There have been gusts of 49.9 kph and sustained winds of 20 kph.
I was delighted to find that after the first windy day, none of the roof panels have moved in the slightest.
In fact the frame is now completely rigid.
As this is really the strongest wind4 we get, I consider that my engineering workaround for fixing the polycarbonate sheets has passed it’s first major test.
I have also been working on the staircase in the Konoba too.
All the treads up to the first landing have now been fixed into place. On Friday I came back from Split with Newel Posts and lengths of handrail.
When gluing and pinning lengths of timber together, and then holding everything in frame clamps, it takes the wood glue around 24 hours to properly set.
So having only one pair of clamps, I can only work on one large piece at a time.
My builder friend Cvjetko came round on Thursday afternoon to inspect progress.
I have finished the second winder, this is where the stairs change direction by 90º. However I had run out of the wooden joint pegs and there were none to be had here on the island.
Wearing his building inspectors hat, Cvjetko expressed satisfaction on the work done so far, so that was another key test passed.
With a new supply of pegs from Bauhaus, I’m ready now to continue building the third and last winder before the steps reach first floor level.
A weather imperative
I received a weather warning in the middle of the week, for a Polar Vortex which will swing across the western and central Mediterranean this week and next.
Normally in the northern winter, there is a strong circular west to east circulation of cold, high level air from October until April.
When this circulation slows, it breaks down and cold air is able to push out into more southern latitudes. This is called a Polar Vortex.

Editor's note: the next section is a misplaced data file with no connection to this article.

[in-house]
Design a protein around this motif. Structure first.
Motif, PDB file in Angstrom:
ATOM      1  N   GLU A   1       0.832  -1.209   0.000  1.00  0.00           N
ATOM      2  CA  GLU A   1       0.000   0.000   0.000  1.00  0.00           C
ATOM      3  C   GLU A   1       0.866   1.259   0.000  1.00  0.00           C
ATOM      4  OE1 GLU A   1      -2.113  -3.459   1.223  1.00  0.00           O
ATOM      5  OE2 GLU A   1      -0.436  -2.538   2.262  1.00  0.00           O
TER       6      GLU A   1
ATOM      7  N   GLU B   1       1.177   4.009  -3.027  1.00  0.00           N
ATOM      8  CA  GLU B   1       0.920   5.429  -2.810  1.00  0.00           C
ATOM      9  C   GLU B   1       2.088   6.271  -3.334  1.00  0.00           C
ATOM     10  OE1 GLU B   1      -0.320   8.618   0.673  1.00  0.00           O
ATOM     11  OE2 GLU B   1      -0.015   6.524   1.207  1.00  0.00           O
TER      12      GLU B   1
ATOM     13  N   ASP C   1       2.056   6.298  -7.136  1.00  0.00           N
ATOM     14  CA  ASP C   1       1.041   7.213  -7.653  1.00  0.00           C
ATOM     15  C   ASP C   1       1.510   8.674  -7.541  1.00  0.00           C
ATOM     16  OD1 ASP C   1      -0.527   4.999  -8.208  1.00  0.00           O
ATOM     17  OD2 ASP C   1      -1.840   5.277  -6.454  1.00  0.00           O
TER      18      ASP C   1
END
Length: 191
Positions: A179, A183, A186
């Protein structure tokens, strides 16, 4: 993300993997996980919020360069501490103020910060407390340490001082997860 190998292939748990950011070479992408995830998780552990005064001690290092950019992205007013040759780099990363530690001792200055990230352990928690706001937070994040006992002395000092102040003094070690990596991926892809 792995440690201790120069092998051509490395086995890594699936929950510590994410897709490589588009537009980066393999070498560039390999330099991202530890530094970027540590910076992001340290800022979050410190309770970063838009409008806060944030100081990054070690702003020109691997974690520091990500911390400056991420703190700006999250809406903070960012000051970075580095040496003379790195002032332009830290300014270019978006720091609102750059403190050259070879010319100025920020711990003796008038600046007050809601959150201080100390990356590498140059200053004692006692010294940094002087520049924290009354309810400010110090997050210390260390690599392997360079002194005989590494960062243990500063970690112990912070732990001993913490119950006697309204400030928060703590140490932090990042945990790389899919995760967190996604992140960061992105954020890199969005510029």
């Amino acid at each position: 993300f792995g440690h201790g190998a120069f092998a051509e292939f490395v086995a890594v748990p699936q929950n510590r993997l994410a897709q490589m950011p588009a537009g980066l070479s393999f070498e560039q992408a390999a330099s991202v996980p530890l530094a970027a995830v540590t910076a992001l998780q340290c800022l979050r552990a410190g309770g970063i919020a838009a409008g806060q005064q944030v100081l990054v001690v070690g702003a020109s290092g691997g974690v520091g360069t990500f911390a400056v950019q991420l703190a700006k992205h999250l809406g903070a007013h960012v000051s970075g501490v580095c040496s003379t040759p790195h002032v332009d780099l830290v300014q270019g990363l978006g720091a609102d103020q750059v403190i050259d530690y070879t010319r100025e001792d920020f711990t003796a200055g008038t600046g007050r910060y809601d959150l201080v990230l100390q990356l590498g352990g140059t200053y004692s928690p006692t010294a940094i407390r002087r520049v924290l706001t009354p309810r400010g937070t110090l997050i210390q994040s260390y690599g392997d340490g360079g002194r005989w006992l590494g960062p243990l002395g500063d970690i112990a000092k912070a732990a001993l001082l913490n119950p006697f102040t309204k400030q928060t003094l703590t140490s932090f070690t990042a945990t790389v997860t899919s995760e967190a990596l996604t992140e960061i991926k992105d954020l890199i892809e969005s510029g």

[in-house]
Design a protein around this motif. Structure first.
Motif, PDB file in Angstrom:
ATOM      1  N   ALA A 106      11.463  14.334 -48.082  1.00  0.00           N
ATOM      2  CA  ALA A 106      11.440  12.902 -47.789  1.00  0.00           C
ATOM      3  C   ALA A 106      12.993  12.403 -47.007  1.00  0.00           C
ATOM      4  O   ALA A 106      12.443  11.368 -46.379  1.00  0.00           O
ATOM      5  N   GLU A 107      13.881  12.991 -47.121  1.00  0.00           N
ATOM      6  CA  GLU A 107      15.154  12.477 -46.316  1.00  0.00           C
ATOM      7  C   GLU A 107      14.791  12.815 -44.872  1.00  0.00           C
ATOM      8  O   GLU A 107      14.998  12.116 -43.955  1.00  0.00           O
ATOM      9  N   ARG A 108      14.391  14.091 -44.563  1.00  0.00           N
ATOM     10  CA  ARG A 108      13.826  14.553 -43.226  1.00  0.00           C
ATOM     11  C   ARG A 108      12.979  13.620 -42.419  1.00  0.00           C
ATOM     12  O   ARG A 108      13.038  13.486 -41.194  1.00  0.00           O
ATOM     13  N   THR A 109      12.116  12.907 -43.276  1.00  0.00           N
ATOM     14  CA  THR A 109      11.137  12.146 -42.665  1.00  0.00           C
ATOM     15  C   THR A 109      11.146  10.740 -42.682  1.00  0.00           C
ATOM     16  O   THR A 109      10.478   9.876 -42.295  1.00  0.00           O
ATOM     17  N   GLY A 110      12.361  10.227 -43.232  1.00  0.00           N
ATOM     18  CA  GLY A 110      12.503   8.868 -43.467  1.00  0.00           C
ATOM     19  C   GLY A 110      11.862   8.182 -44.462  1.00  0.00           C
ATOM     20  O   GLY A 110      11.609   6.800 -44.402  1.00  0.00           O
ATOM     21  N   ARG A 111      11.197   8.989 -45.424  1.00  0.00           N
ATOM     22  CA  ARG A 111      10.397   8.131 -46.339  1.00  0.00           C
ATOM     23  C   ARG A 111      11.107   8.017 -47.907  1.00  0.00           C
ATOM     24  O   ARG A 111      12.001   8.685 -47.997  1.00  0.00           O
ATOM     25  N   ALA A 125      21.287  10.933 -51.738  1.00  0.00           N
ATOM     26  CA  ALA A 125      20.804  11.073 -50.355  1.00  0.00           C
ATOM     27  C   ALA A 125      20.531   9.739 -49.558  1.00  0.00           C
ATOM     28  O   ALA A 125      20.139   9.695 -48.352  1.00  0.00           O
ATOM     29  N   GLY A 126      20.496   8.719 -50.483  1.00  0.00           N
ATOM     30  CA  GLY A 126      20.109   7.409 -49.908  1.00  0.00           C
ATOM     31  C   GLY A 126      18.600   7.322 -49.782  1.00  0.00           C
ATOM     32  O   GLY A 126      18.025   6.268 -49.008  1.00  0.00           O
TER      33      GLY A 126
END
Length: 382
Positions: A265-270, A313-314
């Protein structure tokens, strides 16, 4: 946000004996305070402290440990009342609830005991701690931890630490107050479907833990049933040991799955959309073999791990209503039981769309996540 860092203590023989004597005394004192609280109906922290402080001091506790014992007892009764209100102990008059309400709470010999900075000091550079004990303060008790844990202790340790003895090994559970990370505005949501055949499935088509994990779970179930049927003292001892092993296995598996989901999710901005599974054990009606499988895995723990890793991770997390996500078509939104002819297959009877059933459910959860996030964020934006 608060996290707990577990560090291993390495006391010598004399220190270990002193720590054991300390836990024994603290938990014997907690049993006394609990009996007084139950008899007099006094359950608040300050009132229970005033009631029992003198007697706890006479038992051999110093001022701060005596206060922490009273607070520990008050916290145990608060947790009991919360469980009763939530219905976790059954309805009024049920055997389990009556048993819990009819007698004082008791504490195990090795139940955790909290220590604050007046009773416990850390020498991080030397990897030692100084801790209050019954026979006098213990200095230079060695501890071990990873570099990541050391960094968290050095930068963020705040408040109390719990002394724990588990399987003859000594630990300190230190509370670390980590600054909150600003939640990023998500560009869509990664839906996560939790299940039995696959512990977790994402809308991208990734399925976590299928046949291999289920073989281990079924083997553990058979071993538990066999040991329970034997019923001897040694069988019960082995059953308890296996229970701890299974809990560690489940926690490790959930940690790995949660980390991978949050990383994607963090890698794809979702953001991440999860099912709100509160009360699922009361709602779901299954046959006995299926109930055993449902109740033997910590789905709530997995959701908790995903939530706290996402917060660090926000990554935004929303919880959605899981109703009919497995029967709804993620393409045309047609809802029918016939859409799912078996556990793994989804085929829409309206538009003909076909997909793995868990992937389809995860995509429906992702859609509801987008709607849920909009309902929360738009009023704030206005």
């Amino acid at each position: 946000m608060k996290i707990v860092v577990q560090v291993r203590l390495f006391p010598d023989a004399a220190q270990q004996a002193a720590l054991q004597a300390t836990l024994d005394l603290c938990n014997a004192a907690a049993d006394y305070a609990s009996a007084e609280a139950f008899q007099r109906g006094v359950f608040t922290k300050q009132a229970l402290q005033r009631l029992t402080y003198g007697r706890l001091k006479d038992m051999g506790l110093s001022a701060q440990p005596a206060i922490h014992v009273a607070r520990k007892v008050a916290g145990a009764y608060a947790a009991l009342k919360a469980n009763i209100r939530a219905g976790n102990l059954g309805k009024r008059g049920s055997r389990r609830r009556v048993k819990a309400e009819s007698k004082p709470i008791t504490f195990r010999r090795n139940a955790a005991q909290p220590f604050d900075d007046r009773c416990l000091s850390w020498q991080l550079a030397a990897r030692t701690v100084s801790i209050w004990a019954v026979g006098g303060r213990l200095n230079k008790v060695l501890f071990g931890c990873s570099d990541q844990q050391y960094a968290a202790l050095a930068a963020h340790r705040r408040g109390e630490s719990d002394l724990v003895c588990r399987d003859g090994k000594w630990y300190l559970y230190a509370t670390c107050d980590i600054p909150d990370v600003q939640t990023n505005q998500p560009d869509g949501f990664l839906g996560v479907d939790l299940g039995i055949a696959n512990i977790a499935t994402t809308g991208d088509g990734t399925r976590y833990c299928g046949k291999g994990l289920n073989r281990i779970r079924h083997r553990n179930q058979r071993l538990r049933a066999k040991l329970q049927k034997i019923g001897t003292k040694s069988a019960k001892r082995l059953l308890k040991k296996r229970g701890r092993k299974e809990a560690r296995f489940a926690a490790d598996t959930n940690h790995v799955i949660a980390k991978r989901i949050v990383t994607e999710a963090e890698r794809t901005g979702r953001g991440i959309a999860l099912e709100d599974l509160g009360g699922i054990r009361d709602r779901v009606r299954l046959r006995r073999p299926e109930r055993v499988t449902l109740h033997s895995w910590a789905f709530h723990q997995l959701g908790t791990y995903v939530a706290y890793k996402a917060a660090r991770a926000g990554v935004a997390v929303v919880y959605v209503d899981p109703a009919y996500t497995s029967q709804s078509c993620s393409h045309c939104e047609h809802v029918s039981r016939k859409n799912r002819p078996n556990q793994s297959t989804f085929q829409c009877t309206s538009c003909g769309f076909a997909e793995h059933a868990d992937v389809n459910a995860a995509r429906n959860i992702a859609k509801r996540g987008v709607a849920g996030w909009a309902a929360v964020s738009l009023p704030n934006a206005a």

It is over the UK at the moment and willl sweep eastwards across Europe and the mediterranean this weekend and into next week.
By the middle of the week it will be cold enough for some frost here in Dol. This will be the first frost of this winter.
With the roof of the Polytunnel finished, I need to get the side walls, doors and front curtain completed before the cold weather arrives.
It has been so mild this winter, some 5ºC above the average and well into double figures, there has been no need of frost protection, so I have been doing other things.
I had another frustrating search here on the island for large diameter washers. I use these to hold the various panels in place and I ran out whilst finishing the roof.
As usual, no one of the island had any so I bought 150 when I was at Bauhaus.
During the week, I made the frames for the doors and completed some of the other wood work, but needed the various parts from Split.
On a damp Saturday morning I could be found doing some of the final construction work. However as rain kept stopping work, I will need to finish it next week.
I have a weather imperative to get the Polytunnel air tight, or more or less air tight before the cold arrives on Tuesday.
So it has been a mad rush today, to do as much as I can in the available light. NCG